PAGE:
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A consumer's guide to the best and worst of sports media and merchandise. Ground rules: If it can be read, played, heard, observed, worn, viewed, dialed or downloaded, it's in play here.

July 28, 1998|LARRY STEWART

What: "Real Sports With Bryant Gumbel"

Where: HBO

When: Tonight at 10.

This latest edition of HBO's award-winning show is a bit of a disappointment. For once, "Real Sports" is not real good. Not bad, just not real good.

The lead story is about Pete Rose and Shoeless Joe Jackson being banned from baseball's Hall of Fame. We really don't need another story on Rose and this just gives him another chance to deny that he ever bet on baseball. HBO catches Rose lying when he says there are no tape recordings of phone conversations indicating he bet on baseball. HBO plays just such a tape. But catching Rose in a lie is akin to catching Dennis Rodman in drag. It's just not newsworthy.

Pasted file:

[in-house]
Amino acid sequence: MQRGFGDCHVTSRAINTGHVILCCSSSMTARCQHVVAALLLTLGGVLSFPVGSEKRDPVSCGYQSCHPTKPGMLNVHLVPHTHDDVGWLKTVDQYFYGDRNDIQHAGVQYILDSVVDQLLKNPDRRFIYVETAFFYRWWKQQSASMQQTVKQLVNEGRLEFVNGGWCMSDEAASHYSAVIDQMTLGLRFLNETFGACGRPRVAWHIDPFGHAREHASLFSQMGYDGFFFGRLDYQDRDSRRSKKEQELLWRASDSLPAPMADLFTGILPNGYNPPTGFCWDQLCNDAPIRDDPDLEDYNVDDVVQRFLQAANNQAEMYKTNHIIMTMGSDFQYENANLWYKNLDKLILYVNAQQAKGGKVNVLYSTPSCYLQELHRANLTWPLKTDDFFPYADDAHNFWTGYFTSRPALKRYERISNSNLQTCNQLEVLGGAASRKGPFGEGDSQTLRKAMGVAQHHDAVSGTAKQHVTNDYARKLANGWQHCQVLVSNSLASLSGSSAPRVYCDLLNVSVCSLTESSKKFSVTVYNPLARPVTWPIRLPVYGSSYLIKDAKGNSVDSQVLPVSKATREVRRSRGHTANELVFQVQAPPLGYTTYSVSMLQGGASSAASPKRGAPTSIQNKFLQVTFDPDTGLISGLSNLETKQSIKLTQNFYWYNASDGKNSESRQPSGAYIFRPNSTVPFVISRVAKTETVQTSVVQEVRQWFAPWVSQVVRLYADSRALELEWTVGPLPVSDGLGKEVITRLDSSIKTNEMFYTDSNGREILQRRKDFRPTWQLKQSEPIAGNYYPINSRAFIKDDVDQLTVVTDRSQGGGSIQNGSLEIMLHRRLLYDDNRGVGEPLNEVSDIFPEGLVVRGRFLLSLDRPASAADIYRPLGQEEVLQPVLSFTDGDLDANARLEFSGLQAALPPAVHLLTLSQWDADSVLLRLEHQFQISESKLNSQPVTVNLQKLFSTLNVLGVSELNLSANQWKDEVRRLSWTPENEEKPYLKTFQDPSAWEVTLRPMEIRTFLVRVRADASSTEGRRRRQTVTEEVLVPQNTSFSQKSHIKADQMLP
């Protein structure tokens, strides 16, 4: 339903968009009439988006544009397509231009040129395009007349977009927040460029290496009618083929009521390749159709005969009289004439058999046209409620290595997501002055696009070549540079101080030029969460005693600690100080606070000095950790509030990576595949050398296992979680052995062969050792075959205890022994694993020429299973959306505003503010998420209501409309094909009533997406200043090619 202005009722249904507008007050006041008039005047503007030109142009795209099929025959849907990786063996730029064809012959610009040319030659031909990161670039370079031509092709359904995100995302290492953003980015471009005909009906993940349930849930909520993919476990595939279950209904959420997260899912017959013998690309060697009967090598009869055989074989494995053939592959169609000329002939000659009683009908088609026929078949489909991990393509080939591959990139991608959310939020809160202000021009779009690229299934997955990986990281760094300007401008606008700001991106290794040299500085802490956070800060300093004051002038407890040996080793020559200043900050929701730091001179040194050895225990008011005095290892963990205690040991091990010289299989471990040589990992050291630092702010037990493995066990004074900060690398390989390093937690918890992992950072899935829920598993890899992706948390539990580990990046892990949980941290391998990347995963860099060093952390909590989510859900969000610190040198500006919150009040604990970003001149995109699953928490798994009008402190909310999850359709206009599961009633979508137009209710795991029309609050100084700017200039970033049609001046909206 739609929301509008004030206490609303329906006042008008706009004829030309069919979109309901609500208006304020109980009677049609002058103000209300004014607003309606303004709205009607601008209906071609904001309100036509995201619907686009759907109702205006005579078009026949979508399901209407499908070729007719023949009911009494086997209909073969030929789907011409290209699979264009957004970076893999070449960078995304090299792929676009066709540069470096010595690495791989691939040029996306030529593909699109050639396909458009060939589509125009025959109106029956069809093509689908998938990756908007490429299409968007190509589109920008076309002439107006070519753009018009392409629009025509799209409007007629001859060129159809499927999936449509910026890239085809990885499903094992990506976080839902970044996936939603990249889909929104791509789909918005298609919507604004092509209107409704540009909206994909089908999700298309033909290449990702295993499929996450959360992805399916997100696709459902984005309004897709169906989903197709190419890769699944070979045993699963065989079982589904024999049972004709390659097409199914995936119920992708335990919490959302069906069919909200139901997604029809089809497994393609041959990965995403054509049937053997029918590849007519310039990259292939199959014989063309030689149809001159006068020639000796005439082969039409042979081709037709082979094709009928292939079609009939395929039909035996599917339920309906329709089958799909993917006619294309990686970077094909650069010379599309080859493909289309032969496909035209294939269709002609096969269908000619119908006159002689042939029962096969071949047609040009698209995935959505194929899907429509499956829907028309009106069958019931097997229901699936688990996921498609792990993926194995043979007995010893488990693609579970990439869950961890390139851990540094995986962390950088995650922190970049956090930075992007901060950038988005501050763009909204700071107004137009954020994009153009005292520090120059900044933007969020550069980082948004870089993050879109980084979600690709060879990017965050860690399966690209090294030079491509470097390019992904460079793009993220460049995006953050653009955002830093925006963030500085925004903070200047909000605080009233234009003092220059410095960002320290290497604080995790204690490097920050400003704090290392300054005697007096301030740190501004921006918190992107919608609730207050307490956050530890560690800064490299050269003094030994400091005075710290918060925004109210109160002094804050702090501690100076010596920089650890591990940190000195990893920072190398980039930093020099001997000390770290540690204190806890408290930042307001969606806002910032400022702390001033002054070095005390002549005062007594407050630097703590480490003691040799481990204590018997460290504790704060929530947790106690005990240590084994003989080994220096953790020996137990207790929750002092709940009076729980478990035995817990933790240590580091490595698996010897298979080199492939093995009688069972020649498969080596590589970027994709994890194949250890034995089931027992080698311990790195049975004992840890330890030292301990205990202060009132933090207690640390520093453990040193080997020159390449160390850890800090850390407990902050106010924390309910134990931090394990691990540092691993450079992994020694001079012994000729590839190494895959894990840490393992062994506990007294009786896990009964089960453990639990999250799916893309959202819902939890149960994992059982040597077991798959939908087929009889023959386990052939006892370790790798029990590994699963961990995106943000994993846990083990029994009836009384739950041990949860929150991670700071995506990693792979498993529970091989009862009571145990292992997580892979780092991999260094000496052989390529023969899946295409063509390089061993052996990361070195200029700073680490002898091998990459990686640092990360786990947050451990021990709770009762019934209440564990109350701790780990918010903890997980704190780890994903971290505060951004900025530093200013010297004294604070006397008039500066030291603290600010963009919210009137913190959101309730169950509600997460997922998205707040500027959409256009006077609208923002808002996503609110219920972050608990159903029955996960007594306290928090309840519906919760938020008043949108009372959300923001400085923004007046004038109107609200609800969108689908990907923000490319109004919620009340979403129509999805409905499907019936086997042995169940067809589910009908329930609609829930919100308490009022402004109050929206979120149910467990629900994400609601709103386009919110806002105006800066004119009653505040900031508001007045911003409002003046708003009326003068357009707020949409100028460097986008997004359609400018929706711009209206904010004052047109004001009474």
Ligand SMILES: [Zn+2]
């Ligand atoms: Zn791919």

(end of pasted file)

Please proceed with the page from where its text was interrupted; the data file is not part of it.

The program also provides another forum for Rose to perpetuate his celebrity status. Interviewer Frank Deford acknowledges that if Rose had confessed, been reinstated and inducted into the Hall of Fame, he probably wouldn't be interviewing him.

"In a way, you're more famous because of what baseball has done to you," Deford says. "I not talking to Al Kaline or Tom Seaver."

Says Rose, "What baseball has created with me--and they probably would be . . . if they realized they did this--they have made me a celebrity, not just a retired baseball player."

The second story is about former boxer Tony Ayala Jr., who brutally attacked and raped a 30-year-old neighbor in West Paterson, N.J., on Jan. 1, 1983, and was sentenced to 15-30 years in prison. HBO cameras were there May 21, when he was denied parole. He remains in prison until at least next summer. Although Ayala seems repentant, Andrew Consovoy, chairman of the New Jersey state parole board, says, "This was a violent, as nasty, as evil a crime as you're going to see. Our point of view is that there is not enough change."

Says Ayala, "Time will expose who is wrong. And I'll tell you this: If Mr. Consovoy is right, I'll blow my . . . brains out."

There is also a story about steroid use by East German athletes in the 1970s and '80s, which is hardly news, and another about thoroughbred racehorses being slaughtered after their racing days are over. A problem with this segment is the gratuitous gruesomeness.

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